“Have you told Mom? She is going to be pissed.”

“No, not yet. You’re the first to know. She is next on my list.”

“All that tuition money she gave you, wasted.”

“Chill Hector, maybe my theology degree will come in handy up there, in the heavens.”

He scoffed. “Ha, ha. Who’s going to take care of Rufus? Have you thought about that?”

“Hector, those are just details. It takes seven years to train, so I’ll be around for a while to sort everything out. Rufus will be taken care of.”

“Freaking Mars.” He said as he turned out to face the water.  The boats were upright again, moving, having made it almost all the way to Ward’s Island.

I looked at his profile, the defined wrinkles from age and worry and constant disapproval of my life’s choices etched permanently in his forehead. I guzzled the rest of the wine down again, flushing away the memories of his welcome yet unwelcome opinions over the years.

“Hector, I’m going to be 33 next month. And guess what? I’m still not the bride or the journalist or the entrepreneur that you all wanted me to be. And you know what? It kind of sucks not living up to everyone’s expectations.”

He said nothing, so I plowed on. “It may take you some time, but this isn’t all bad, okay? You’re kind of missing the point actually. Imagine the headline: ‘Ophelia X; Colonist. Expedition Mars.’ Doesn’t that sound cool?”

Hector slammed the bottle on the table. “How does this headline sound, Lieutenant Uhura: ‘Twenty-five dead as Mars shuttle explodes on take-off?’ “

“Don’t be such an a–hole, Hector.”

“An a–hole? Because I am freaking out about this Mars trip? God! It sounds so ridiculous when I say that out loud.” The chair scraped the ground as he pushed his body back.

“I don’t need to listen to this.”

‘Oh yes, you do,” he snapped. “Are you looking for adventure, Opie? Why don’t you just go skydiving? Or go ‘find yourself’ in Italy. There are a million things you can do instead of being a character in a science fiction story.” He pressed on. “So yeah. I guess I’m an a–hole if that means I’m looking out for you.”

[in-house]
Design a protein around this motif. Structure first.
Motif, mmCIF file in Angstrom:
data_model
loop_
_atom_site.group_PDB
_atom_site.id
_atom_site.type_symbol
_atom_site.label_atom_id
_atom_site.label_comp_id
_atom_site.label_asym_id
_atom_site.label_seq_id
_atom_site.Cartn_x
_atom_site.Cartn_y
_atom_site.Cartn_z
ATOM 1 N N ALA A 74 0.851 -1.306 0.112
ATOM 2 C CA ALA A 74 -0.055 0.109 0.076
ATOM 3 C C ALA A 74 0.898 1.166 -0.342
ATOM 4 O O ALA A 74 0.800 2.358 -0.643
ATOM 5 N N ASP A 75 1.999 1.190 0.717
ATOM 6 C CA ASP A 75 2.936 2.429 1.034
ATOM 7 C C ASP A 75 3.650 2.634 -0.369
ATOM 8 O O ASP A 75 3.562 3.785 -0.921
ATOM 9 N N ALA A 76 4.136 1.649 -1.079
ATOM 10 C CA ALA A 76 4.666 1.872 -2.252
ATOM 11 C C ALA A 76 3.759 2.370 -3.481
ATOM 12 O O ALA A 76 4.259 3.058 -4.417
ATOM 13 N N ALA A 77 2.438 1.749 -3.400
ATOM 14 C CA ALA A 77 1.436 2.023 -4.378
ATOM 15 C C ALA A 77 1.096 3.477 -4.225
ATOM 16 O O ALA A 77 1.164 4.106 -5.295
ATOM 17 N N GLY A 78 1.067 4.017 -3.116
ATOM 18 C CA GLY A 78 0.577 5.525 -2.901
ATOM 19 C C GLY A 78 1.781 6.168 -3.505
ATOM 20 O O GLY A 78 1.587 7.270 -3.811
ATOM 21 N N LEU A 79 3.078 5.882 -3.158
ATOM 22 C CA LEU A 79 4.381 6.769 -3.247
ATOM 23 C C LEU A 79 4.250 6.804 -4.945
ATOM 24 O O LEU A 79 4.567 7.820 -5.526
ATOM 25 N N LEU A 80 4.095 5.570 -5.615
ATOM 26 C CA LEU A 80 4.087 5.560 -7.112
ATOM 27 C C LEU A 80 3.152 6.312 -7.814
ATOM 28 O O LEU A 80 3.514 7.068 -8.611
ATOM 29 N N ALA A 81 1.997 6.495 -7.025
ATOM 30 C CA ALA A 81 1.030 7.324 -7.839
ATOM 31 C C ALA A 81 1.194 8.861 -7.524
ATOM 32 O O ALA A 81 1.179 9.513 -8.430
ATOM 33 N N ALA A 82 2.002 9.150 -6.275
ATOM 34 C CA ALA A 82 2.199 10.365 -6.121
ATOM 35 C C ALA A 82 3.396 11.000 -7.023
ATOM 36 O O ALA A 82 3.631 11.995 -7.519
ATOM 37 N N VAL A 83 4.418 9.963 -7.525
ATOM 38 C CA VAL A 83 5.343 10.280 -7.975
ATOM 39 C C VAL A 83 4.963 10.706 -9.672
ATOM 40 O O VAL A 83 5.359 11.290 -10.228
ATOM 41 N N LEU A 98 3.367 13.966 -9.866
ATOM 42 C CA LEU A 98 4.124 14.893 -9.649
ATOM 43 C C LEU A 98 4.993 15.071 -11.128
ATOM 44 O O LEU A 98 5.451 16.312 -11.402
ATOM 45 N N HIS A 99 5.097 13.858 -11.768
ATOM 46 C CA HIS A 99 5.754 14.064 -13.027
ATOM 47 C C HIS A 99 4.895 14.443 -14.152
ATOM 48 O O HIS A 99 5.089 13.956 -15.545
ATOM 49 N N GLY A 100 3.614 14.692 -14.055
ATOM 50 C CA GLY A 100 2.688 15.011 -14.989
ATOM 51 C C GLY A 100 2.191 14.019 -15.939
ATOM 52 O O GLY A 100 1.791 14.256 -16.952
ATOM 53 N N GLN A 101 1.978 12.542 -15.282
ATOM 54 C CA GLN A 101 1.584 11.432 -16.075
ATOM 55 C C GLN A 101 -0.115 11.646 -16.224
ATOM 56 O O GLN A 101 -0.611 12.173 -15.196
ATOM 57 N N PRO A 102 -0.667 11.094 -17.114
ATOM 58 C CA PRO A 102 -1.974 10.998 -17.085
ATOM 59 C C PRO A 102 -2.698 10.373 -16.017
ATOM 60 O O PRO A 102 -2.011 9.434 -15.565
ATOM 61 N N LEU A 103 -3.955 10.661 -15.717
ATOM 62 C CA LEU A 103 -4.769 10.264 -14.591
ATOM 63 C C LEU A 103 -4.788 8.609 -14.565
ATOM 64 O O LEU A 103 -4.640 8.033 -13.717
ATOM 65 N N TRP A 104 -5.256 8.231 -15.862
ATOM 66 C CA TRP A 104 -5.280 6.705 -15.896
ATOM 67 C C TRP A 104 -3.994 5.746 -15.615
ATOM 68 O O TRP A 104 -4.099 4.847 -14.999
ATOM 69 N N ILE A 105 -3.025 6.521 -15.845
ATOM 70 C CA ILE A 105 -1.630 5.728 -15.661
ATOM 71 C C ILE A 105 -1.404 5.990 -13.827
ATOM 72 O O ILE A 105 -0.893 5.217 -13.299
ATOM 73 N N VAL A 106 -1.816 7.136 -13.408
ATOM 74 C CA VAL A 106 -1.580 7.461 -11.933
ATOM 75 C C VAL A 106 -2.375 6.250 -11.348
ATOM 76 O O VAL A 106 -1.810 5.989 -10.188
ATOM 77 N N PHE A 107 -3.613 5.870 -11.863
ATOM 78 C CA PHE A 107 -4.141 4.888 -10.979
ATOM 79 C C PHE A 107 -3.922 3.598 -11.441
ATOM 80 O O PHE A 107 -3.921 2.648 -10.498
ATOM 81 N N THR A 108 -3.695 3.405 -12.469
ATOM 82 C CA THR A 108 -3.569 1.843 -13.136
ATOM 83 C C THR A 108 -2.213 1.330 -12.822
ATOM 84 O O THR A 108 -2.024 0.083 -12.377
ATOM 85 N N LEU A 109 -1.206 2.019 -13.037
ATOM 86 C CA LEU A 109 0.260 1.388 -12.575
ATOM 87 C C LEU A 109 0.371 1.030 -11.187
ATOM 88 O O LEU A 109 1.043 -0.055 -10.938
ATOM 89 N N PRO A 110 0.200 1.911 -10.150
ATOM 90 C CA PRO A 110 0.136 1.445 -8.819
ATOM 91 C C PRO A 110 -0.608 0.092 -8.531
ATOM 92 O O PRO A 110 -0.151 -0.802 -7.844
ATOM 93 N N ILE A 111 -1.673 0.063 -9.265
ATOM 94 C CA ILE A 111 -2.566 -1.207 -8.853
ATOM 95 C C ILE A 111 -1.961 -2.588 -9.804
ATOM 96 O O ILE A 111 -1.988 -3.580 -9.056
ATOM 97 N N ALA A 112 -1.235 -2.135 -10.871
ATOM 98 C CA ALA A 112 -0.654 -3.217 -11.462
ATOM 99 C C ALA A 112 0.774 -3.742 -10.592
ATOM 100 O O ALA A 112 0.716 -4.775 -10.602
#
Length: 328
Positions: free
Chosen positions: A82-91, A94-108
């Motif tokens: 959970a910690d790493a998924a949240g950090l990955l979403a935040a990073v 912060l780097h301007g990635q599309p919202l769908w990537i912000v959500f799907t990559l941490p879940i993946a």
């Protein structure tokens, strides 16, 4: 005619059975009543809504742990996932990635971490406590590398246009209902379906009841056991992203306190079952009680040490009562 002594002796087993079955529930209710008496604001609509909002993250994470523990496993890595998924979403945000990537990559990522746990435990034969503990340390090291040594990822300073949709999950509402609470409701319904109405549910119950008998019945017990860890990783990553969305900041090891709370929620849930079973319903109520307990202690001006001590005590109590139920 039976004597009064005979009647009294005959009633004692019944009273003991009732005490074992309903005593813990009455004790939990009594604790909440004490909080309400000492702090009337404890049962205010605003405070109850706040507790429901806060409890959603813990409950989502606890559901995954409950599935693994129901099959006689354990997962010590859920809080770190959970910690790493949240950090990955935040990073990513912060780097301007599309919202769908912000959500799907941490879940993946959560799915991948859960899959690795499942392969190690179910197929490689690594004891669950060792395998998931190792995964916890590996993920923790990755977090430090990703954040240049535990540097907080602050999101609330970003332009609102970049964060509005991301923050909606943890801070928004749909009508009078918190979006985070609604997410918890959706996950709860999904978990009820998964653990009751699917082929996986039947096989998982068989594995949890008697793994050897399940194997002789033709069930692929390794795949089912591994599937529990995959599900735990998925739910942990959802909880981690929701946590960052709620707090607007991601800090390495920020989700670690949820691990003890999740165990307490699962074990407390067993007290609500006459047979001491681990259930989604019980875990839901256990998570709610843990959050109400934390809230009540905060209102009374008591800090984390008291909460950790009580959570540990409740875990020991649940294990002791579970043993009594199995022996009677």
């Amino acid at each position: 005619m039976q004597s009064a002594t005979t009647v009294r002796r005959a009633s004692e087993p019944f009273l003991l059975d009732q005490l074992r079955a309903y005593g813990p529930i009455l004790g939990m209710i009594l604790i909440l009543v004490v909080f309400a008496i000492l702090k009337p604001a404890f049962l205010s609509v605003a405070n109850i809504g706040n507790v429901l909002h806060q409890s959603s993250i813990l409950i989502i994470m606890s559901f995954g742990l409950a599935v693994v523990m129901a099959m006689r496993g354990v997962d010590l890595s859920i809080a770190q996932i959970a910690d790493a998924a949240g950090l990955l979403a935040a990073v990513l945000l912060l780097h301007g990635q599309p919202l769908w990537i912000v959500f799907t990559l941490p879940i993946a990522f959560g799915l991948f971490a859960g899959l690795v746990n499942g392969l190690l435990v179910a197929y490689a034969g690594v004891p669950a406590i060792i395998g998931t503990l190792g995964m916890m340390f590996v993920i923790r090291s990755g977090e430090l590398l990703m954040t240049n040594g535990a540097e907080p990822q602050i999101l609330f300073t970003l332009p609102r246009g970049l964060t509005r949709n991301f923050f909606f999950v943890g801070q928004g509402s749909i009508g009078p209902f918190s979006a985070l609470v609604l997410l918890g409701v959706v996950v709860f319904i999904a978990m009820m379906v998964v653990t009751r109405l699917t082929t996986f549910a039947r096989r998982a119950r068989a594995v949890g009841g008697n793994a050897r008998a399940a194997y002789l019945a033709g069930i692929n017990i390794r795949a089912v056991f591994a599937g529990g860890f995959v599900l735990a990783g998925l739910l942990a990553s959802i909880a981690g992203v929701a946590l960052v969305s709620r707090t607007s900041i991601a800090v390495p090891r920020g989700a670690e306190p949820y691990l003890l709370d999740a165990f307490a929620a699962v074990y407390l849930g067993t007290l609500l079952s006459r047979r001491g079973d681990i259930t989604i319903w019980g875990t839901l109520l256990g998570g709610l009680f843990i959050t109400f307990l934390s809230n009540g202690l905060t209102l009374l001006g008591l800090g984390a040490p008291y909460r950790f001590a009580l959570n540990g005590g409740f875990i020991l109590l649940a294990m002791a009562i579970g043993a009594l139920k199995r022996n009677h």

By now we were the last of the hardcore drinkers out on the patio. The rain was pelting down by now, loudly smacking drops all over, soaking though the paper tablecloth. The waiter was moving fast to empty and stack the tables around us.

Hector obviously wasn’t going to be happy for me. At least not today. “Hector, I know you’ll come around for me eventually. You always do.” I reached to pat his hand, but he snatched it away and stood up.

“Hey everyone!” he yelled to the empty patio, “my little sister is going to Mars!” Putting his hood up over his head and leaving the bar, he walked briskly down the pier through the rain, yelling back, “send me a postcard, would you, sis?”

I ran for cover inside, settling the bill with the waiter. As he processed my Visa card, I looked out again at the boats, their sails holding up strongly against the wind now, moving, moving past the island’s edge, completely out of sight.